A 23-year old female presents with right lower quadrant pain that started 3 hours ago. The pain initially began at her umbilicus and later migrated to her right lower quadrant. It is also associated with nausea, vomiting, and chills. She has no significant medical history aside from endorsing smoking ½ pack per day.

It doesn’t take much to recognize that this is likely appendicitis and, fortunately, many of the cases are this straightforward. The trick, however, is learning how to efficiently use the software and how to obtain every possible point.

Obviously, you are going to remember to order a physical exam. Moreover, most people would know to order the standard labs: CBC, BMP, a urinalysis, and a beta HCG.

But would you remember to make the patient NPO? Would you remember to order IV access, pain medications, antibiotics, and the standard perioperative labs? Would you know to counsel the patient on smoking cessation? Did you remember to transfer the patient from the emergency department to the inpatient unit?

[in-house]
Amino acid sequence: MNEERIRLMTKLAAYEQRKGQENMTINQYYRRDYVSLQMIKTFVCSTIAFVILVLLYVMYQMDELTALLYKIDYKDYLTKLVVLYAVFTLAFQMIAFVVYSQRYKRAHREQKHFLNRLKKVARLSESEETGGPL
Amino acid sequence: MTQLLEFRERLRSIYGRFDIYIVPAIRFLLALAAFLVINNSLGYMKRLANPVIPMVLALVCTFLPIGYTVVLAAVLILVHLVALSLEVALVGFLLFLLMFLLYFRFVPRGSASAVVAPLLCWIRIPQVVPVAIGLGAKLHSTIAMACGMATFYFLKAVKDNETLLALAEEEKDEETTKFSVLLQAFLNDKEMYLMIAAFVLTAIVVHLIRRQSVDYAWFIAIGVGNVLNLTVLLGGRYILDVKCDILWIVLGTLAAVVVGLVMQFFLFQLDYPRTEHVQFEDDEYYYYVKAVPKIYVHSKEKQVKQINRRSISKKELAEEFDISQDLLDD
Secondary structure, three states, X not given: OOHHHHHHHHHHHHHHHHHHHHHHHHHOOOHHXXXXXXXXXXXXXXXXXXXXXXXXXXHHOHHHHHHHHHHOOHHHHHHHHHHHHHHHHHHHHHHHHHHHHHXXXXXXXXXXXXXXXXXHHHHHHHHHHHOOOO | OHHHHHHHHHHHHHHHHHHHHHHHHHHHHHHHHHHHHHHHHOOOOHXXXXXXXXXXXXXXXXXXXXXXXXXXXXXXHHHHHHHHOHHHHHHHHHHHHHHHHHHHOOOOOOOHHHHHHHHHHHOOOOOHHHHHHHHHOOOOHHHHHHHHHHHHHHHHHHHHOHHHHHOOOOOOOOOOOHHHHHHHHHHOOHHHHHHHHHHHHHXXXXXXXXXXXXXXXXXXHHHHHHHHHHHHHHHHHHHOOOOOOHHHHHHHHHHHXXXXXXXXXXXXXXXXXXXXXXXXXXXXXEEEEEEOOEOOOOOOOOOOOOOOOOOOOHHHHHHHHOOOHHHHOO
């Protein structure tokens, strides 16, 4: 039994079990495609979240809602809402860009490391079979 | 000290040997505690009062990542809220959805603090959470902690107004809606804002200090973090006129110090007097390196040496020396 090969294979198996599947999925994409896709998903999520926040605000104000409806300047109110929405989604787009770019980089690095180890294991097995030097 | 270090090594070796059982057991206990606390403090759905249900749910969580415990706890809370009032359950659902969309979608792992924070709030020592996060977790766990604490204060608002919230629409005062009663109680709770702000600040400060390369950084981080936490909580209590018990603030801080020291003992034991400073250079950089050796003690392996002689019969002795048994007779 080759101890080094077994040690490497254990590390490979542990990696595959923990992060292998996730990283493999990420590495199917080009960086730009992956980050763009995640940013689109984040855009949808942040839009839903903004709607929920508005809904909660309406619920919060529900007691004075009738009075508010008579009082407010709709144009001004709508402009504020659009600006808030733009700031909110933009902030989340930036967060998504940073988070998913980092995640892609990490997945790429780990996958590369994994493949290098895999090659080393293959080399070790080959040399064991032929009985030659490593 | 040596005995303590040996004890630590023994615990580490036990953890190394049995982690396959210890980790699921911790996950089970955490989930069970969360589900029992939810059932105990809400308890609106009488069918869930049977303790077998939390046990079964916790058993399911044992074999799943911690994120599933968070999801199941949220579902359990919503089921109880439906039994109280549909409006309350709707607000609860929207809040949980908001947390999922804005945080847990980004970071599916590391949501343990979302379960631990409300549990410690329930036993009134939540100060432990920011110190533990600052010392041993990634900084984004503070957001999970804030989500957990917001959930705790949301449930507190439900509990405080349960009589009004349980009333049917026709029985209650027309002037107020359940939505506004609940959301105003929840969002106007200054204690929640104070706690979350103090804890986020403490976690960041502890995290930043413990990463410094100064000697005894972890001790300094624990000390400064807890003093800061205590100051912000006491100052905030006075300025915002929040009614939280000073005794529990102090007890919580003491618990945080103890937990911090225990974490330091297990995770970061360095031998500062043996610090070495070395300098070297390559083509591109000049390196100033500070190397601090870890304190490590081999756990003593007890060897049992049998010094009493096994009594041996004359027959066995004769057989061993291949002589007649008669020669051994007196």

The point that I am trying to make is that the CCS cases feature many subtleties and practicing through UWorld is the best way to ensure that you will get every available point. At the end of the day, the better you do on the easier cases and the more points you obtain, the more insurance you have for the one or two difficult ones that may be included.

CCS cases teach you how to address patient conditions.

Another part of completing the CCS practice cases is that it teaches you a very crucial lesson regarding Step 3 in that it is a test on how the USMLE thinks you should manage a condition, not how you might actually do it in your hospital.

Personally, I think that this is the biggest difficulty test takers have on this exam. It can become very frustrating missing questions because of this, and the frustration often leads to difficulties learning the material.